Thursday, June 26, 2014

How many divisions has the Supreme Court?

By Donald Sensing

Supreme Court Rules Obama’s Recess Appointments Violated the Constitution

Today, in a blow to the Obama administration, the U.S. Supreme Court ruled 9-0 that President Obama’s “recess appointments” to the National Labor Relations Board violated the Constitution in NLRB v. Noel Canning.

Art. II, section 2, clause 3 of the Constitution allows the president to “fill up all Vacancies that may happen during the Recess of the Senate.” On Jan. 4, 2012,President Obama made several recess appointments even though the Senate had been convening “pro forma” sessions every three days. These appointments were challenged in a labor dispute before the NLRB, and the U.S. Court of Appeals for the D.C. Circuit  struck them down as unconstitutional.
I wrote ten months ago why the law and federal-court rulings do not matter to Obama. And I make the same point now that I made then:
Does this ruling bind this president from doing what he wants to do? Of course not. No one in America has both the power and the determination to hinder Obama from doing whatever he wants.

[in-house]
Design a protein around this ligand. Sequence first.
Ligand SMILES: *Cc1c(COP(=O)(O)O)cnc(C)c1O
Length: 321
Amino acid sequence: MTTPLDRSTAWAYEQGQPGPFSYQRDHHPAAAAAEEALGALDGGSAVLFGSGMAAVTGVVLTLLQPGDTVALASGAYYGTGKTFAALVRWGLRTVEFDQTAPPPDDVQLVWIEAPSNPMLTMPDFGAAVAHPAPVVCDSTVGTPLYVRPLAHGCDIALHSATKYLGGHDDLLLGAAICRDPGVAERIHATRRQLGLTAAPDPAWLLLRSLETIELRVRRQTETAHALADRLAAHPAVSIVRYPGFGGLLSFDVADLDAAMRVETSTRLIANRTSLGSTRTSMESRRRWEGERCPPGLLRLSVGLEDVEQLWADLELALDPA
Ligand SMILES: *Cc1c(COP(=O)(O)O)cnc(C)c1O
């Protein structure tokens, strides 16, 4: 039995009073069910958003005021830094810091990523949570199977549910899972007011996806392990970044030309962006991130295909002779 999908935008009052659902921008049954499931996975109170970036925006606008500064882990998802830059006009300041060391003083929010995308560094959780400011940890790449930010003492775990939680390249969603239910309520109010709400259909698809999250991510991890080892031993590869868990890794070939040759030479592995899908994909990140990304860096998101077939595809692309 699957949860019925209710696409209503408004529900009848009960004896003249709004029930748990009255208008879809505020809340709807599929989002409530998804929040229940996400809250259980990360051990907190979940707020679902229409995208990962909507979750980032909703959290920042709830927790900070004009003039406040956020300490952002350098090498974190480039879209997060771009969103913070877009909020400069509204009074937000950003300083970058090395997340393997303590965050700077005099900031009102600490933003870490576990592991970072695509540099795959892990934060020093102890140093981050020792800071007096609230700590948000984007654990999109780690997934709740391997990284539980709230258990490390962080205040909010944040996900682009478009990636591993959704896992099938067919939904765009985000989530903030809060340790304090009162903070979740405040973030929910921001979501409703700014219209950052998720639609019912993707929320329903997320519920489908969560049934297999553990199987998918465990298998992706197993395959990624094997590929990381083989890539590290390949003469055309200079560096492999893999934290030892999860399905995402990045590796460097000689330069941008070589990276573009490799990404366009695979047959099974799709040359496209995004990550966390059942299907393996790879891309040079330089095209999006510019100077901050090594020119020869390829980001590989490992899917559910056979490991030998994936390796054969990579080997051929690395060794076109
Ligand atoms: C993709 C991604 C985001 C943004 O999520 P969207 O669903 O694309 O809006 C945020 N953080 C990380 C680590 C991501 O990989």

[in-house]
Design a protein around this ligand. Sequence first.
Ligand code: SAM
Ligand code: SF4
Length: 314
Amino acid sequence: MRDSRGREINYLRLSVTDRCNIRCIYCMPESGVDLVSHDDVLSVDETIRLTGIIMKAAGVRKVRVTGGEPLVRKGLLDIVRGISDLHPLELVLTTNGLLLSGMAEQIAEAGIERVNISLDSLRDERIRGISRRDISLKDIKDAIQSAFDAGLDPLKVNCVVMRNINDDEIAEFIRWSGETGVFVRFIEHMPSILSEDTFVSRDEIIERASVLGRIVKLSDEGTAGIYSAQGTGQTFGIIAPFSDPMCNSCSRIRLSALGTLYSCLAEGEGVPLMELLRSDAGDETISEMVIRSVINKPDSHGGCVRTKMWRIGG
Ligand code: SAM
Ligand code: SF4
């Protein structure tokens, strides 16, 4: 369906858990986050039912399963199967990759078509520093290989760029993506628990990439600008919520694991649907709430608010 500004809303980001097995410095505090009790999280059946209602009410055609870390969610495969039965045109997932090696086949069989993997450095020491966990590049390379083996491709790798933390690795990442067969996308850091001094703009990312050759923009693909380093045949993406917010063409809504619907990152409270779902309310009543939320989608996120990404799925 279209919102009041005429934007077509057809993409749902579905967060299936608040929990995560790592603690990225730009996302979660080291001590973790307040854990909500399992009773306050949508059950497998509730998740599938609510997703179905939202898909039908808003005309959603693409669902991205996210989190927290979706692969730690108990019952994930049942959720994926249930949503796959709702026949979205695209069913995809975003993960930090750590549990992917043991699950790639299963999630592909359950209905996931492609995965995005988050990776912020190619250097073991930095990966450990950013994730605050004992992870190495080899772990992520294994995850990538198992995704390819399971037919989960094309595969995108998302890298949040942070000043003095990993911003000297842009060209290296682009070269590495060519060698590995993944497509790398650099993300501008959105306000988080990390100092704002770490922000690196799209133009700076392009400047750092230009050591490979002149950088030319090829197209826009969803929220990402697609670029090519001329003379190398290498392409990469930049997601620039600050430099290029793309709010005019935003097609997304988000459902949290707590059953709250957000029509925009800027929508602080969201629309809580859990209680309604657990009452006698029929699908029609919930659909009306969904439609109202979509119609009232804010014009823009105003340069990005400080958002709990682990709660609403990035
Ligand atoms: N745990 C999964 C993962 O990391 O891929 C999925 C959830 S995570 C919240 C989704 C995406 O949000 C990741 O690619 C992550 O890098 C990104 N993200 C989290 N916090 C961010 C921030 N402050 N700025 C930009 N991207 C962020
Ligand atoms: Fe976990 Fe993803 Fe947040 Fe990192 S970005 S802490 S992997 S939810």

As I was discussing Obama's totalist ideology this week with a relative, I pointed out that Obama could ask a parallel question of the federal courts that Josef Stalin asked when it was suggested to him that he should treat Russian Catholics better to gain favor with the Pope as the Nazi threat loomed: "The Pope!" Stalin exclaimed. "How many divisions has he got?"

And so with President Obama and federal courts' rulings: they have no means of enforcing their rulings. As any intemperate two-year old knows, you can do anything you want until someone compels you to stop. And so Obama can order whatever he wishes until he is compelled to stop.

The courts lacks the means of such compulsion. That leaves the Congress to rein in the executive. (Please excuse me while I erupt in peals of derisive laughter.)
What has changed since then? Nothing.